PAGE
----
This post has been updated.

The Trump administration makes so much news that it’s easy to become numb and forget how unprecedented and awful its conduct really is. It’s important, therefore, to pause and remember what happened last week. The seven days between Oct. 6 and Oct. 13 saw far, far more corruption, chaos and dysfunction revealed than any other administration has experienced during eight years in office. Not only is the Trump administration profoundly crooked, but it is also so hopelessly inept that it’s unable to keep its machinations secret. It’s as if the Three Stooges starred in a sequel to “Breaking Bad.”

Last week, we received additional confirmation of how outrageously President Trump behaved in his efforts to pressure Ukrainian President Volodymyr Zelensky to investigate Joe Biden and to absolve Russia of 2016 election interference. A second whistleblower emerged with further information about the July 25 call between Zelensky and Trump, and the original whistleblower reported that a White House official who listened in on the call found it “crazy” and “frightening.” The Post also reported that political appointees in the White House budget office froze aid to Ukraine despite concerns from career officials that doing so was improper.

The Ukraine scandal deepened when Lev Parnas and Igor Fruman, Soviet-born associates of Trump’s lawyer, Rudolph W. Giuliani, were arrested by the FBI on charges of violating federal campaign finance laws to funnel hundreds of thousands of dollars from murky sources to Republican candidates. While working with Giuliani to dig up dirt on Biden, they were also attempting to profit from their political connections to strike cushy business deals in Ukraine.

Trump claims that he was fighting corruption in Ukraine. Instead he was fostering corruption. Marie Yovanovitch told Congress that she was abruptly fired as ambassador to Ukraine not only because she was unwilling to further Giuliani’s plot to malign Biden but also because “individuals who have been named in the press as contacts of Mr. Giuliani may well have believed that their personal financial ambitions were stymied by our anti-corruption policy in Ukraine.”

By the end of the week, there were reports that Giuliani himself was being investigated by his former colleagues in the Southern District of New York on charges of violating lobbying laws. If Giuliani is indicted, he would join a long list of Trump associates — including the president’s personal lawyer, campaign chairman and national security adviser — who have run afoul of the law.

The former mayor of New York also featured prominently in another scandal that broke last week: The New York Times reported that Giuliani and former attorney general Michael Mukasey persuaded Trump to try to release their client, Reza Zarrab, an Iranian-Turkish gold trader who has been sitting in jail on charges of orchestrating a multibillion-dollar scheme to evade sanctions on Iran. Trump asked his then-Secretary of State Rex Tillerson for help to free Zarrab, but Tillerson refused. In any other administration, this would have been headline news for weeks, but because of the glut of corruption in this administration, this story has come and gone.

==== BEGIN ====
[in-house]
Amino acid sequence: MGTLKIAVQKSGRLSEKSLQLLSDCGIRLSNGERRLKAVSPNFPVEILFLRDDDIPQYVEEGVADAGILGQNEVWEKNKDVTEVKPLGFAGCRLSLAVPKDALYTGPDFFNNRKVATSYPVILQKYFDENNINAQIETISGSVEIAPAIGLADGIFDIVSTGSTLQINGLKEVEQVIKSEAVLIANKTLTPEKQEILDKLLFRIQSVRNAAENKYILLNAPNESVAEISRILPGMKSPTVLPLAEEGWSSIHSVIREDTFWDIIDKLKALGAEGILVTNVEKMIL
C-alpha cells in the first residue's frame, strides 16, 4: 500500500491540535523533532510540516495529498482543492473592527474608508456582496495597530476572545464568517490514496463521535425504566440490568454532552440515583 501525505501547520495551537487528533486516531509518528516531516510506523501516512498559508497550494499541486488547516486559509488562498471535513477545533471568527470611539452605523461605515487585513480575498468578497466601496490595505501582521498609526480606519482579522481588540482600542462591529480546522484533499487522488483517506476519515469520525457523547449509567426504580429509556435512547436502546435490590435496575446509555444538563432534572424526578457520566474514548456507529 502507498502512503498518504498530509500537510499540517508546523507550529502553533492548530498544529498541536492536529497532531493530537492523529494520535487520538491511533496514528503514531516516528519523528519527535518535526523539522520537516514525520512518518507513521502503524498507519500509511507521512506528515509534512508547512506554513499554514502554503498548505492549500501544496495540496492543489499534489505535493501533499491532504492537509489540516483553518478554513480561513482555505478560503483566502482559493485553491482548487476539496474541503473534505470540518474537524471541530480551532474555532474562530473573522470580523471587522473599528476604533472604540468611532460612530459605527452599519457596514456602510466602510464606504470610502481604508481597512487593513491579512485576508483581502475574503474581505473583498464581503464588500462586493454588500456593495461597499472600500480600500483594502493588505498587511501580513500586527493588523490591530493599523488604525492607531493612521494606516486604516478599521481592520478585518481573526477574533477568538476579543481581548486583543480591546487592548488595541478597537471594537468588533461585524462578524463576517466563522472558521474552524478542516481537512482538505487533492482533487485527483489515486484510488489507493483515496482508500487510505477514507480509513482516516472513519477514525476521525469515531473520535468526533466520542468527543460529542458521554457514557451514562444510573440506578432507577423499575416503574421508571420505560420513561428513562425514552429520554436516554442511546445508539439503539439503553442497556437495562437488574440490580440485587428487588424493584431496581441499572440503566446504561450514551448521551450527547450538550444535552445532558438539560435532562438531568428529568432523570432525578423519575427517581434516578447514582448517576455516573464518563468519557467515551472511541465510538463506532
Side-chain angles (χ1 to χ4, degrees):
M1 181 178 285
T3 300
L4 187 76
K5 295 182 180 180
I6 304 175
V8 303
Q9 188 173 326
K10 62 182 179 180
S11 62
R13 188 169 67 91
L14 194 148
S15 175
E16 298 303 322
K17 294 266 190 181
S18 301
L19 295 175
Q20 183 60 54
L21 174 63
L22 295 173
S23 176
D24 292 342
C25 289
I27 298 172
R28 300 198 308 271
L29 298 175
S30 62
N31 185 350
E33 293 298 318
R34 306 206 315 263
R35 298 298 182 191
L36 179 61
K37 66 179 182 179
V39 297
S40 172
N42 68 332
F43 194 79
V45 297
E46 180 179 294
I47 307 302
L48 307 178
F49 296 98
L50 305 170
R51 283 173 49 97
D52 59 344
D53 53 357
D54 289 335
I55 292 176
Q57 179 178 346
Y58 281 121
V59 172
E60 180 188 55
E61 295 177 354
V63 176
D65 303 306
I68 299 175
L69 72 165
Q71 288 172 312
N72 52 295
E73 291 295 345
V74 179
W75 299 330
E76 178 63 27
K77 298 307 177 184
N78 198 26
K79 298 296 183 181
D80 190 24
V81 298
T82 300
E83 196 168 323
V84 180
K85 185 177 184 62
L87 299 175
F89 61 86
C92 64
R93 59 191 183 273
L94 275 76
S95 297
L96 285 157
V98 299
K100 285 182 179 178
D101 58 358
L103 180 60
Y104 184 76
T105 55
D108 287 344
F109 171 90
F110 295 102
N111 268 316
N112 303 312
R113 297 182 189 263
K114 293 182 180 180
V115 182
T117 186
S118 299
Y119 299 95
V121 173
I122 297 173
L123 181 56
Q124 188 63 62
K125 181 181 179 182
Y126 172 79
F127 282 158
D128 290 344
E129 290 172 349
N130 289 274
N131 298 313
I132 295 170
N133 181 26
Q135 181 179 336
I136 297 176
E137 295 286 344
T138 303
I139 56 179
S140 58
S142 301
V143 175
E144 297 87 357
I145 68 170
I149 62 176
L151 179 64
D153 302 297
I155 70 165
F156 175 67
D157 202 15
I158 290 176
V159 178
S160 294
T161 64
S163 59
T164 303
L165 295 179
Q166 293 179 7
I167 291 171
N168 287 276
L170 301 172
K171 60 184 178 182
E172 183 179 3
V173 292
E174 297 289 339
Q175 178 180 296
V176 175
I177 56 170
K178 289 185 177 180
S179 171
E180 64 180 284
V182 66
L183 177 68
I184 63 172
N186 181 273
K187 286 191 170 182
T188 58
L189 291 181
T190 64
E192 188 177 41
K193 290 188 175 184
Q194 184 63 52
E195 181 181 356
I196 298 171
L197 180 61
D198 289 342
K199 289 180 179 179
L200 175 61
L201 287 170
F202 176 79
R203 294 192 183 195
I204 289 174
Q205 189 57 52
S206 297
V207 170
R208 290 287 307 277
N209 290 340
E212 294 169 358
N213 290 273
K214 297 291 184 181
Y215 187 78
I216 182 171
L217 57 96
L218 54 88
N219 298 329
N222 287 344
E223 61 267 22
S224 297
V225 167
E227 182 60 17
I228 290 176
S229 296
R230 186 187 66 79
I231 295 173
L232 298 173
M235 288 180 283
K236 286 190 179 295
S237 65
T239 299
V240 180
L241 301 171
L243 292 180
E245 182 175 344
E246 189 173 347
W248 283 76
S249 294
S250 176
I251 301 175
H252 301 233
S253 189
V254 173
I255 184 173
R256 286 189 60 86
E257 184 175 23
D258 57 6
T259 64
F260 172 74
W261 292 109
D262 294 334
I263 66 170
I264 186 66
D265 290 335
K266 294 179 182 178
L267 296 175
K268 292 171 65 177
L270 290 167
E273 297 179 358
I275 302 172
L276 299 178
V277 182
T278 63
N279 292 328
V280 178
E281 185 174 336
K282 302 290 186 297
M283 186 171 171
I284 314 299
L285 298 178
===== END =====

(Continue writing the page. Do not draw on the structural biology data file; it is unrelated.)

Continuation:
While the administration continued to leak like crazy, more senior officials were leaving the sinking ship. Acting Homeland Security Secretary Kevin McAleenan — the fourth individual to hold that post in the Trump administration — announced he was quitting on Friday, apparently because he objected to being undercut by Trump and other extreme nativists. His critical post will become vacant. Also quitting was Michael McKinley, a senior adviser to Secretary of State Mike Pompeo, who was reportedly upset by “the secretary’s lack of public support for diplomats who have been named in the Ukraine controversy.”

The courts continued to rebuke the administration for its unlawful conduct. In just one day last week, Trump lost five major court cases concerning his attempts to keep his tax returns secret and to impose draconian restrictions on immigration.

Trump added to the chaos on Sunday night, Oct. 6, by impetuously giving Turkey a green light to invade northern Syria, thereby allowing Islamic State prisoners to escape and the United States’ Kurdish allies to be slaughtered. In one week, Trump undid five years of work to defeat Islamic State and foster a moderate, secular zone in Syria.

Seemingly unperturbed by the ethical and geopolitical disasters in his wake, Trump continued with his usual routine: golfing, watching TV (he urged his Twitter followers to vote for his former press secretary Sean Spicer on “Dancing With the Stars”), wallowing in maudlin self-pity (“Serial killers,” he tweeted, “get more Due Process than the Democrats give to the President”), and of course spewing bombastic insults. At a campaign rally in Minneapolis, Trump reviled not only Rep. Ilhan Omar (D-Minn.) but also other Somali refugees who have found haven in Minnesota. Racist and xenophobic comments are Trump’s go-to moves when he’s feeling the political heat.

Note that this is an incomplete chronicle of only one week — albeit a week that is a strong contender (against some stiff competition) for the worst week of Trump’s entire presidency. Commentator Charlie Sykes notes that in 1980 the question was: “Are you better off than you were 4 years ago?” In 2020 it will be: “Can you take another four years of this?” I can’t even take another week like last week — much less four more years.

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